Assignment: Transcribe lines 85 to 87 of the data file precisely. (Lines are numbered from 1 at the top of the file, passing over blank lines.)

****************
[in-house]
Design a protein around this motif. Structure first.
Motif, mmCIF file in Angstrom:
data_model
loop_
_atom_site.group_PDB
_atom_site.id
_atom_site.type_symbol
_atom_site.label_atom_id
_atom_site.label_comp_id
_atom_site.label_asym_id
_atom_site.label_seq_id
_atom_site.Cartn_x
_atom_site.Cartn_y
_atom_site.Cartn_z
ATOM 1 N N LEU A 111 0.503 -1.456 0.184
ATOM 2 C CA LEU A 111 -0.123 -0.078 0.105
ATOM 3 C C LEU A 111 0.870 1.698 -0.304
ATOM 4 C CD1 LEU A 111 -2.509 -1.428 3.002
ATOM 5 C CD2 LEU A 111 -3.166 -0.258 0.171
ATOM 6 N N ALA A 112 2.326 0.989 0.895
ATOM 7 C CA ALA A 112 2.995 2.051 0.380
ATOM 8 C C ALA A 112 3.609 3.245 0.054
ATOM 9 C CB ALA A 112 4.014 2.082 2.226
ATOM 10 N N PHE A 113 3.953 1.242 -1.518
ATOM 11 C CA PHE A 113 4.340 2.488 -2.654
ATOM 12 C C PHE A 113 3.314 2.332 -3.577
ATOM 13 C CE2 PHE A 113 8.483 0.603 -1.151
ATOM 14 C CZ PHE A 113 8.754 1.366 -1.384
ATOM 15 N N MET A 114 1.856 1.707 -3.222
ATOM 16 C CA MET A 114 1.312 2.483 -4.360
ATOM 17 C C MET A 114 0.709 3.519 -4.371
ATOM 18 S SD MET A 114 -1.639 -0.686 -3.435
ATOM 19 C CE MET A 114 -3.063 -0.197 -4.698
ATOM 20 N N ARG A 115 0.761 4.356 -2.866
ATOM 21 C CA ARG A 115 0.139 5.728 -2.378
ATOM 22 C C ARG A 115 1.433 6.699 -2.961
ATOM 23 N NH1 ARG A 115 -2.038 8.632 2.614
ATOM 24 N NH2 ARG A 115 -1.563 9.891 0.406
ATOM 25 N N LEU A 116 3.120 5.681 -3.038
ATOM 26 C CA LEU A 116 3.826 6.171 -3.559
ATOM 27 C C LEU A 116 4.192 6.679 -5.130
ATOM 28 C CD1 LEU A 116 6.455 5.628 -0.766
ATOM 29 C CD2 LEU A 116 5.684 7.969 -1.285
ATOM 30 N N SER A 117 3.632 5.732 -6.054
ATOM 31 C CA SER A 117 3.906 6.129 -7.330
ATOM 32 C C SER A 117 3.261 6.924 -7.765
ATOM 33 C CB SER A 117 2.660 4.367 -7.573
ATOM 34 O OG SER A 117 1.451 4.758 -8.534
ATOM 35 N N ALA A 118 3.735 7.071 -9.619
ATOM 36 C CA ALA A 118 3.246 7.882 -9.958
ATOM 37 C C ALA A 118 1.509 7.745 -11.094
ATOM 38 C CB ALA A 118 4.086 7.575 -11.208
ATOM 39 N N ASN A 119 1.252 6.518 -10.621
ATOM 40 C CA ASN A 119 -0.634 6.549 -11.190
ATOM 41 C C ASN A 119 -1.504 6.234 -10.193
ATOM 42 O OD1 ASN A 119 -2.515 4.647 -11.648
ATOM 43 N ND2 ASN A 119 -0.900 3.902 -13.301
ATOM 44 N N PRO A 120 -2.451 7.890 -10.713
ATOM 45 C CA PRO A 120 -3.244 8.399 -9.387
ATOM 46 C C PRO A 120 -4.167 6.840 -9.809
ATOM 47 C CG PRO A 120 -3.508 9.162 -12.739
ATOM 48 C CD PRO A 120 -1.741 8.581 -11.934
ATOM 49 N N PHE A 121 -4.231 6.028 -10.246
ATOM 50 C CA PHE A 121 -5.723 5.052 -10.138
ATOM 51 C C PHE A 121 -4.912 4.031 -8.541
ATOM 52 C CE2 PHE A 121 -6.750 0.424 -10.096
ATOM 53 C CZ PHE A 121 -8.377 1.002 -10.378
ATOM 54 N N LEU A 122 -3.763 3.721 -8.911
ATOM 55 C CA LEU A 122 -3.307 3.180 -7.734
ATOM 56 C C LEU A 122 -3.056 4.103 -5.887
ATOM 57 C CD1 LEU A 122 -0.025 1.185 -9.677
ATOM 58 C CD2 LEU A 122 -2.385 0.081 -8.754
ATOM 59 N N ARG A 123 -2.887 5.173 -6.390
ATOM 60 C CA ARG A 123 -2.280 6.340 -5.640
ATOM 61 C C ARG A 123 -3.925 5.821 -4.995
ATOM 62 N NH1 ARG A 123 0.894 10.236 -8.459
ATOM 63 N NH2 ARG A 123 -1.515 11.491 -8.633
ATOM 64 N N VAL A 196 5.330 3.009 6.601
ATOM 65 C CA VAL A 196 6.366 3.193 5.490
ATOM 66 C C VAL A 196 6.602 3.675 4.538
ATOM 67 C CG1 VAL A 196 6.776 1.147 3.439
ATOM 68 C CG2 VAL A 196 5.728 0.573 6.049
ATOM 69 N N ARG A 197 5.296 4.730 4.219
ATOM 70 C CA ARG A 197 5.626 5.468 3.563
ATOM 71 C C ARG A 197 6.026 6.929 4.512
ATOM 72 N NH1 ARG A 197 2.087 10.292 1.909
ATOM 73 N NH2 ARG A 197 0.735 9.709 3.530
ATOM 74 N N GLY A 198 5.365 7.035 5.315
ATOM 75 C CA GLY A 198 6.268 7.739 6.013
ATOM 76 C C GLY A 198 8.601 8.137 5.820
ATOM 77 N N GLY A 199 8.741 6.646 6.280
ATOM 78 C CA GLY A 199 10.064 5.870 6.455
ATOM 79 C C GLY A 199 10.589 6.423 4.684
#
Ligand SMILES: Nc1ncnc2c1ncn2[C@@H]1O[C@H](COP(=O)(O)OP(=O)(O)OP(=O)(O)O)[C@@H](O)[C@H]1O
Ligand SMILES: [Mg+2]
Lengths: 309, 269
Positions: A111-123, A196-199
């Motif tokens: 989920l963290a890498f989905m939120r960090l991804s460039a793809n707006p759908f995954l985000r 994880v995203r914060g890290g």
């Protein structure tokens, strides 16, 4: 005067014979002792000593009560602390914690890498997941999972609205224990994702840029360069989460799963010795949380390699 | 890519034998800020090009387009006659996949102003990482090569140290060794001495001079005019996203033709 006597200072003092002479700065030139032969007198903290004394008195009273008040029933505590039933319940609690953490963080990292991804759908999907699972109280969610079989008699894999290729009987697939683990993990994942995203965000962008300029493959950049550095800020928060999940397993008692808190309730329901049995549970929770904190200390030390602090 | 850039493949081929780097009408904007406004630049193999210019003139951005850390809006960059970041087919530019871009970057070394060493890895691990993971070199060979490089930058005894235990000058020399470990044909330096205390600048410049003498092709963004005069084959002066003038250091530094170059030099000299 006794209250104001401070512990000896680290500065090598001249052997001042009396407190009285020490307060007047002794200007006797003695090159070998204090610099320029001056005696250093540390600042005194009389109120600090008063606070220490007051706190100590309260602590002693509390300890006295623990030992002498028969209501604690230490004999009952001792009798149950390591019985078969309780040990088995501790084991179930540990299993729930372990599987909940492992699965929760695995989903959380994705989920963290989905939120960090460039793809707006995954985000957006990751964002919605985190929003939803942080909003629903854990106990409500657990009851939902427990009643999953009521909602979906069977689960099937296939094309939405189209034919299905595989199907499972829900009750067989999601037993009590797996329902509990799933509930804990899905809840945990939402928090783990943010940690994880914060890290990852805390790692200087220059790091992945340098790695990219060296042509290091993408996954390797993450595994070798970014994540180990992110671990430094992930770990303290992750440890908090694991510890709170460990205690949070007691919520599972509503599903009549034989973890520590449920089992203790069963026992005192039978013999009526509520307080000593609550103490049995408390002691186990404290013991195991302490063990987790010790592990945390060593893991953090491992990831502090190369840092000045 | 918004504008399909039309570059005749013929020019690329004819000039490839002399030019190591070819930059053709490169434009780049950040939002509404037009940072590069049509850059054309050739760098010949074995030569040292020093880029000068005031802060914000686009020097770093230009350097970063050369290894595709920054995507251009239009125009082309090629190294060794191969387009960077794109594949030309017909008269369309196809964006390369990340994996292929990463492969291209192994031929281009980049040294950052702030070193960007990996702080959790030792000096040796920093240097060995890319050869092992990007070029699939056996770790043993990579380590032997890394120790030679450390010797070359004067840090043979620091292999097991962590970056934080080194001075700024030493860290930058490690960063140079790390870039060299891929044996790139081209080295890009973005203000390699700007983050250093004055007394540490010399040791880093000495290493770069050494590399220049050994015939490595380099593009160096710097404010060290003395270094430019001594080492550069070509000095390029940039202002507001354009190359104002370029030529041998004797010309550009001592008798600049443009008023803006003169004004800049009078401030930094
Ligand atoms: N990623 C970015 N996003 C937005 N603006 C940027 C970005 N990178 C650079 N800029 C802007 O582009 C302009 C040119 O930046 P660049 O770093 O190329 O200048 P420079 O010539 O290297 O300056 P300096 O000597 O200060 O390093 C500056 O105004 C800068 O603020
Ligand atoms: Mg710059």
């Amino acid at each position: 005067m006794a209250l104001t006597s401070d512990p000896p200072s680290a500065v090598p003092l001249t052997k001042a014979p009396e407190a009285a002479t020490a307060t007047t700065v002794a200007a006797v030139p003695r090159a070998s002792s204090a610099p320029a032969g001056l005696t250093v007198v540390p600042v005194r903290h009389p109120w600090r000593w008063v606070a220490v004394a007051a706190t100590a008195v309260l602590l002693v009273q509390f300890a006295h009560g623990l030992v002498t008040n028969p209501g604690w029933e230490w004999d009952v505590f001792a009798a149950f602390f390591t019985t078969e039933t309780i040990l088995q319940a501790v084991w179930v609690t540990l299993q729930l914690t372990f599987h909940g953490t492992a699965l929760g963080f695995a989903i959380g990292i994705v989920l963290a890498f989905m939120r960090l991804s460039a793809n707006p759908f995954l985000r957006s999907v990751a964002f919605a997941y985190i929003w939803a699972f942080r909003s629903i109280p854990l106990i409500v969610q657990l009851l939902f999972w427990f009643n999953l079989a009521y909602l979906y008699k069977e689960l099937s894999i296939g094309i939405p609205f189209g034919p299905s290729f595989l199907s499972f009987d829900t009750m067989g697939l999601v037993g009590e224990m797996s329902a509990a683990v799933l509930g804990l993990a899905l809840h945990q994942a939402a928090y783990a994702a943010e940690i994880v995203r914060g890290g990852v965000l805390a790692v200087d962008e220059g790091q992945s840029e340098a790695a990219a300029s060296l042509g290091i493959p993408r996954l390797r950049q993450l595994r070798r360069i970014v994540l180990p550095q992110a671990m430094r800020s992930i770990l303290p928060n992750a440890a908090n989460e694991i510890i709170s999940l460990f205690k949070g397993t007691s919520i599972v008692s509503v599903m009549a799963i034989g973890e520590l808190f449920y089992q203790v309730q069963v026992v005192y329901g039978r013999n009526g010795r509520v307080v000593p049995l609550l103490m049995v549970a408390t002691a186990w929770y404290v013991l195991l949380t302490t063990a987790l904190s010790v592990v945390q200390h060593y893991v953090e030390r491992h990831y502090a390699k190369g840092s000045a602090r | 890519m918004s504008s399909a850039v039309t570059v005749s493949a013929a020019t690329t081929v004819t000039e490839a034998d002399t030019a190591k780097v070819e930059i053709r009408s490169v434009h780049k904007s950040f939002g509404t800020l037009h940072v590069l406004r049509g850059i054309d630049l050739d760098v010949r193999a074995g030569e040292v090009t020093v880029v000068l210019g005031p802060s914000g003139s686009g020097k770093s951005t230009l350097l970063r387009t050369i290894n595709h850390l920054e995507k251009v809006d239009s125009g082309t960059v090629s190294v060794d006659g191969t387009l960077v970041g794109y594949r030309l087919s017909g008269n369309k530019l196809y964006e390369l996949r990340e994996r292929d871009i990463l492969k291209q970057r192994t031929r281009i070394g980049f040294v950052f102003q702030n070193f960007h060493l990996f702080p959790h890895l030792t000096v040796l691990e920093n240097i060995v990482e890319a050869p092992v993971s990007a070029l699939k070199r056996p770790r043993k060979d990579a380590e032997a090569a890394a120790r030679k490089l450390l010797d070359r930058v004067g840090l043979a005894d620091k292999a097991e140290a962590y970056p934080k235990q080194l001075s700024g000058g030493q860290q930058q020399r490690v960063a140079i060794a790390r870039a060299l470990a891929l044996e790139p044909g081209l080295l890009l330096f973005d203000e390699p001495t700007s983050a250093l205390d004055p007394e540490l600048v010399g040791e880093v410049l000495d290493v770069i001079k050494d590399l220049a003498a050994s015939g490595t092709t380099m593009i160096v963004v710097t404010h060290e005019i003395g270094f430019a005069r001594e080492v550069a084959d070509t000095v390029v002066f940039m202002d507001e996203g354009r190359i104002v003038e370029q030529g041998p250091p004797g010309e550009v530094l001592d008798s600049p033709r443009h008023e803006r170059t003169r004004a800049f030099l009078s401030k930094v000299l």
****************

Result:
ATOM 70 C CA ARG A 197 5.626 5.468 3.563
ATOM 71 C C ARG A 197 6.026 6.929 4.512
ATOM 72 N NH1 ARG A 197 2.087 10.292 1.909